Flood insurance. Spring is here, bringing rain and often times flooding. This year we’ve had an abundance of rain in Texas. We see flooding occurring all across our nation from the coast to inland locations. It can occur anywhere when water rises very quickly and without much warning. It does not only occur near rivers, lakes or streams. And it doesn’t take a hurricane for your home to flood.
Those with property in high-risk flood zones must purchase flood insurance if their mortgages require them to carry this coverage. Flood maps are drawn to inform you about your risk. They also set building standards which help determine the risk and cost of flood insurance. FEMA regularly updates their flood maps giving communities assigned risk categories. Mortgage companies, for example, use flood insurance maps to decide if they will require flood insurance for a loan.
Flood maps need to be updated because over time, natural disasters, weather patterns and community development can change the flood risk in a particular location. A property may change from a no-risk zone to a higher risk zone because of these changes. Also, just the opposite can occur. Even the development of a new neighborhood subdivision close to your existing residence may change your risk zone if moving that dirt to build more houses causes a change in the drainage of excess water when it rains.
Your standard homeowners policy does not provide flood coverage. There are two types of flood insurance. One is available through FEMA and the other is available through private insurers. Both types have varying coverage options and costs:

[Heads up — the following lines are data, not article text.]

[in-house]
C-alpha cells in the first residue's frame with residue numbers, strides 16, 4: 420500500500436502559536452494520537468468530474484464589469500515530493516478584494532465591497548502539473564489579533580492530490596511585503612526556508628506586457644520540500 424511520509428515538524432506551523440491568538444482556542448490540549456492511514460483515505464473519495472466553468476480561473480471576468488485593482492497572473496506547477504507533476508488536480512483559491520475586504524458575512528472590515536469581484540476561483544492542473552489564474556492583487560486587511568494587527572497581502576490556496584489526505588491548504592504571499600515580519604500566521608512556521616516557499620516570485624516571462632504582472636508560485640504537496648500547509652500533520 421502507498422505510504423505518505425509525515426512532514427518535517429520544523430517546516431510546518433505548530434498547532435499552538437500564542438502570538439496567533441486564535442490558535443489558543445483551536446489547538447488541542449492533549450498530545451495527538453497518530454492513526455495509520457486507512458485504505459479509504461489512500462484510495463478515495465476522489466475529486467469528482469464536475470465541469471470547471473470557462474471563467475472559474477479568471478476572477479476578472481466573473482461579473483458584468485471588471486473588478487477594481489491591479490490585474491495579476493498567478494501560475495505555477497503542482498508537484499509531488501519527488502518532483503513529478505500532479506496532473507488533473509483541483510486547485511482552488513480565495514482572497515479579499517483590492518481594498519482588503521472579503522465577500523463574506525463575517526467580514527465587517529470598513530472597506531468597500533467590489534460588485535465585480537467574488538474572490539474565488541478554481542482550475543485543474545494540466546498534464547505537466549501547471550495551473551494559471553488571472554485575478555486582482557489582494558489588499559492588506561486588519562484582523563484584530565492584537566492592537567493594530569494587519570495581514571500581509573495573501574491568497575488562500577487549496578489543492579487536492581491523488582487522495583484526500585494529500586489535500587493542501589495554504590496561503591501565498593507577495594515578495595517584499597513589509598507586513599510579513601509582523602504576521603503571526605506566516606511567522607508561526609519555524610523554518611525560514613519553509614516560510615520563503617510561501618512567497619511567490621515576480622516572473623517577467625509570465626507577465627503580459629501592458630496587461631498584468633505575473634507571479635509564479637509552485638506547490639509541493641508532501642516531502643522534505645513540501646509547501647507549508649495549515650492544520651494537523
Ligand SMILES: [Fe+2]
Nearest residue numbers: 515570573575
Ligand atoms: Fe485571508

The National Flood Insurance Program offers flood insurance through FEMA. If your community is in one of the 21,000+ communities included in the program, you should be eligible for building property and personal property/contents coverage. However, it takes thirty days for NFIP coverage to go into effect in most cases so you shouldn’t wait until the last minute to get coverage. NFIP insurance is sold through regular insurance agencies, but not all insurance agencies offer NFIP. Typically, NFIP is cheaper than private insurance, but not always. Depending on the type of claim and the capacity of your insurance company, full payout on a claim may take several months, so be prepared to wait. In some cases, you might have to make repairs prior to the company reimbursing you, or they may ask for a quote before providing payment. Assuming you have both policies in place, NFIP will cover up to $250,000 for damage to your home (Building Property Coverage) and up to $100,000 for your belongings (Personal Property Coverage). You will need to know what is and isn’t typically covered under your policy. Private flood insurance, which is not funded through the federal government, is only offered by a limited number of insurers. Because private flood policies vary, you’ll want to ask for quotes on both NFIP and private flood insurance to compare coverage. Private flood insurance typically offers a higher level of coverage than NFIP’s insurance. However, with private insurance you’re likely to pay a higher premium, especially if you live in a high-risk area. Instead of a 30-day wait, with some private insurers your coverage could go into effect in less than a week. If you have to relocate temporarily, private insurance may provide for short-term housing. Depending on the policy, you could also potentially purchase coverage for items not covered through NFIP. Also, a private insurer may determine that your property is in a lower risk area than FEMA’s flood maps currently